The diversity of experience a female leader brings to the room, pushes people to try different ideas, Nigeria is in need of new ideas and we have an untapped stack of them in our women.

But it’s not just innovation, “a study by Harvard Business Review finds that companies who transitioned from leadership positions held by 0 percent women to 30 percent women see a 15 percent increase in profitability for the average company, or 1 percent bump in net margin.”

But getting more female leaders in Nigeria is not going to be easy.

Because, the moment you mention that only 6.4% of the current Senate is made up of women or that only 5 of the 36 current ministers are women, people will be quick to point to Stella Oduah, Diezani Madueke and Kemi Adeosun, but will forget the scores of male ministers or senators ahead of them that have done little or nothing to move Nigeria forward.

So please, let’s give more female leaders a chance in Government just like we have done for the men.

Because time and time again, women in Nigeria have proven themselves more than capable in their personal businesses, growing them into national brands, from to LEAP Africa to Tara Cosmetics, and I am a living witness to what women can do for Nigeria!

Okechukwu Ofili is a trouble maker, the author of 4 books and speaks at organizations that are tired of hearing the same old stuff and want the truth. He is also the founder of and blogs daily at You can follow him on Twitter or stalk him on Instagram You can also read his funny books on konga or okadabooks


  1. MurderSheWrote

    June 16, 2017 at 10:07 am

    I said this weeks back in the comment section. Nothing positive is going to come out of this country until a woman takes the reins. Whether you want to hear it or not it is fact! The Tinubus and Babangidas and Fayoses and Wikes and Melayes and Buharis and Obasanjos of this world keep digging us deeper every damn second. They are headless chickens and we are following them. When will we wake up? Where is health care, education, housing? Which way Nigeria, which way? The saddest part that keeps me up at night is the youth collecting handouts from these disgustingly wicked and worthless politicians all in the name of keeping up with the rich and powerful. When did politics become a means to wealth as opposed to a call to serve. Who else knows what it means to serve but the Nigerian woman. We have so many of them. Highly educated and connected to the hopes of the people. The disgusting men just want to amass wealth and power for their generations. As I pray for the poor and less privileged every morning as I wake and evening as I lay down to rest, I never forget to pray for the wicked politicians and public office holders. God is going to answer me one day. They will be disgraced. Their ill gotten wealth will dry up very soon. It just needs a brave woman with a purpose and a clear plan for Nigeria to be great again. And these evil merchants that have been doing us bad since the 1970s will die. I mean it. They will die. Yes i am angry. Thank you Ofili.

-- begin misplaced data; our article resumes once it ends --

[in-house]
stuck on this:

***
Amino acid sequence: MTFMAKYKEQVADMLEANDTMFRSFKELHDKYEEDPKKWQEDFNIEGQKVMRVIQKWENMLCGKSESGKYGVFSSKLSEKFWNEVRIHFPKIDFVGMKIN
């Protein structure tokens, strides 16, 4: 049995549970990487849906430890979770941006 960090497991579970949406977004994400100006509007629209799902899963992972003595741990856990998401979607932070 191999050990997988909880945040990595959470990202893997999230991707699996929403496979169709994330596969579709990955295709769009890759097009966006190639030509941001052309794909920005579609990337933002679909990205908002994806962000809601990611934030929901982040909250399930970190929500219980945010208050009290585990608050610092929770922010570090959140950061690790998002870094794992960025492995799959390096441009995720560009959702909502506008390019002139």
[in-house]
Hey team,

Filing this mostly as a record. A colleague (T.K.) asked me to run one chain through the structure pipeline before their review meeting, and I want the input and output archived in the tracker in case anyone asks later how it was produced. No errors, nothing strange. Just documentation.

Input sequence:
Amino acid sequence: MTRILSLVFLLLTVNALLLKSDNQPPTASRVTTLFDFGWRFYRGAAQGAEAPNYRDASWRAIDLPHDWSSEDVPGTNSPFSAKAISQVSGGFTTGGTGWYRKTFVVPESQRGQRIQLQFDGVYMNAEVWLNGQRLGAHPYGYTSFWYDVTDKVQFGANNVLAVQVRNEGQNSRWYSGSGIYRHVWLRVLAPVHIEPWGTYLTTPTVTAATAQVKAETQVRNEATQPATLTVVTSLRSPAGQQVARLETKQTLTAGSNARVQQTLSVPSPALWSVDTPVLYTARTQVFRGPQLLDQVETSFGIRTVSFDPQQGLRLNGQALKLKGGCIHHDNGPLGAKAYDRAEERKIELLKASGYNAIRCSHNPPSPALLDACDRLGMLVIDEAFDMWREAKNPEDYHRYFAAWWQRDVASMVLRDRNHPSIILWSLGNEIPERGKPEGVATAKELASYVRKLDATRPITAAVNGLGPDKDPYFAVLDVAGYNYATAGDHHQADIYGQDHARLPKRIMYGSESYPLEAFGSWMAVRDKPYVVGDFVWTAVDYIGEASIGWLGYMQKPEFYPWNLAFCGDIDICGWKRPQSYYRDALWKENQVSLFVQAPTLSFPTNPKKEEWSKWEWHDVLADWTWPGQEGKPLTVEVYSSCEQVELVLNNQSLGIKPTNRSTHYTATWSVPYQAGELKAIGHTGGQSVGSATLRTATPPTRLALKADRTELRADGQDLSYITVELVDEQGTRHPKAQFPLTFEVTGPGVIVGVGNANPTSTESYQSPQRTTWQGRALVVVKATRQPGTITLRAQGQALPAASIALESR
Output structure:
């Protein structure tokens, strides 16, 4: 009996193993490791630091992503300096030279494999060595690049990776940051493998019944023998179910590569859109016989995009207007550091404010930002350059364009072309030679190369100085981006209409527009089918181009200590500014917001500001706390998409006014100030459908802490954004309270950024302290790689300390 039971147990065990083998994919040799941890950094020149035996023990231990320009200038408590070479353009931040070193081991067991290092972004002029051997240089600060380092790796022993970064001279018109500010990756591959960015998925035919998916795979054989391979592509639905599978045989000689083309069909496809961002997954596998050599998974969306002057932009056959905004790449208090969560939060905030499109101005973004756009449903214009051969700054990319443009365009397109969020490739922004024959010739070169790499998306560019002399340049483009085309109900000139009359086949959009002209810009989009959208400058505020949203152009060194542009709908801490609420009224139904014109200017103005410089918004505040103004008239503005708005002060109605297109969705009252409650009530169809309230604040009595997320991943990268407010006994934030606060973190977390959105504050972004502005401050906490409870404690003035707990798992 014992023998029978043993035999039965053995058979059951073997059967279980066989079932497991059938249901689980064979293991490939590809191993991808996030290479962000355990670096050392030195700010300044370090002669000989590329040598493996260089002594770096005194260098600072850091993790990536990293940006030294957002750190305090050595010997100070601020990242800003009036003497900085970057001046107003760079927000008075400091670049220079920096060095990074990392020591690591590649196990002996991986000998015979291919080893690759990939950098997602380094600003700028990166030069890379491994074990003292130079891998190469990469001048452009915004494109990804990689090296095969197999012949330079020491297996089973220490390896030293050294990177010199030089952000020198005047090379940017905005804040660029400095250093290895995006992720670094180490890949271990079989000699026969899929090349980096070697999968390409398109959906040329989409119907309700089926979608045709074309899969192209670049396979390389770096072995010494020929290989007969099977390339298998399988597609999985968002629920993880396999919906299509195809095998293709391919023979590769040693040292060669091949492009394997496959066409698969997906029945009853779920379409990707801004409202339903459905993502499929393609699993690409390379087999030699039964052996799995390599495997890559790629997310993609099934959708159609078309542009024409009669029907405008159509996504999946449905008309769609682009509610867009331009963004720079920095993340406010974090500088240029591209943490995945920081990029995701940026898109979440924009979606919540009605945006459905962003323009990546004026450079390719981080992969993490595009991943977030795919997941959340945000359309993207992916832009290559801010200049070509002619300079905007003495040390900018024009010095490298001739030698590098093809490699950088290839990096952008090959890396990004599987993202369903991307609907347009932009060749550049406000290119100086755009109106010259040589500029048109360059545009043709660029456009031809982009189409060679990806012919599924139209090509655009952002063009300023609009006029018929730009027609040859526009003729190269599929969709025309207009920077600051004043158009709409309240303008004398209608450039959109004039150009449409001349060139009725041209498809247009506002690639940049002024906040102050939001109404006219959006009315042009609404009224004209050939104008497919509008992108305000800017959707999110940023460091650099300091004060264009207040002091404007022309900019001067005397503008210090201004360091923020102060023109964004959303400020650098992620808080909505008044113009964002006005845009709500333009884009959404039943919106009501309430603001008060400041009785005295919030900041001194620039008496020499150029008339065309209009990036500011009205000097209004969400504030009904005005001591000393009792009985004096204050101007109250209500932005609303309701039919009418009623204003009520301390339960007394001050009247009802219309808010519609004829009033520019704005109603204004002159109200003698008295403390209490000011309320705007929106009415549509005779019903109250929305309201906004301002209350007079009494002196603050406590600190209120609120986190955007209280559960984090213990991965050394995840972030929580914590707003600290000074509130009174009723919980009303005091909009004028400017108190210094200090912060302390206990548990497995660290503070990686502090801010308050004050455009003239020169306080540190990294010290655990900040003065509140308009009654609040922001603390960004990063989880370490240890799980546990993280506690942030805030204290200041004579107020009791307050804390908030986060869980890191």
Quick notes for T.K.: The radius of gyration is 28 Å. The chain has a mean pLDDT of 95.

• Baba

      June 16, 2017 at 10:42 am

      Deiziani and Stella Oduah are both males…right?Nigeria is morally corrupt…Male or female do not make a difference.What we need is the right person.Thanks.

    • Olori

      June 16, 2017 at 10:57 am

      Shut up. Sit the hell down. They are the exception to the norm. The men who steal are the – norm. Get your facts right before you ever try to be foolish next time. Don’t be another useless man. We have enough of them already.

  2. Jubawale

    June 16, 2017 at 10:22 am

    A female president ?! in Nigeria ?! “Indecisive” “Bad decion” capital of the world ?! A female president will be too much ooo! “Patriachy” and shivery is the way forward! All hands on deck!

  3. Deleke

    June 16, 2017 at 10:46 am

    All they know how to do is wear fila and agbada and sing ‘Ajekun iya ni o je’

  4. Californiabawlar

    June 16, 2017 at 10:52 am

    Come of it you! The only thing that is non-gender comformity in Nigeria is corruption. All dem Dezaini and co are even more cutthroat!
    A cosmetic fix of electing a female president based on gender is no more silly than tribal based politics. Nigeria can’t afford it.

    • A Real Nigerian

      June 16, 2017 at 12:06 pm


    • Darius

      June 16, 2017 at 12:44 pm

      @Californiabroiler, for the first time in your miserable life you’ve said something positive. How long will this common sense last?

      It’s good to see that you are preaching against tribal politics. I thought you were an Oduduwa warlord!

    • Katrina

      June 16, 2017 at 4:16 pm

      Why not give it a try first before condemning it outright?

  5. Lliki

    June 16, 2017 at 11:24 am

    All the women that I know of that has occupied top position in Nigeria are all corrupt, not one of them cares about the masses.
    It’s not about male or female, it’s about someone who fears and respect both God and the masses.

  6. Sharon

    June 16, 2017 at 11:25 am

    You don’t need to compare all women to Deziani, Stella Oduah and the likes, please. That’s a very narrow minded way of thinking. Looking at Ndidi’s genuine quest to add to economic growth in Nigeria for instance, can you even compare past corrupt female leaders to her? I’m not even talking about Ndidi alone but every other hardworking genuine female influencer today. Just like females should be president, younger and more educated people should be given a chance. The only thing standing in the way are political forces.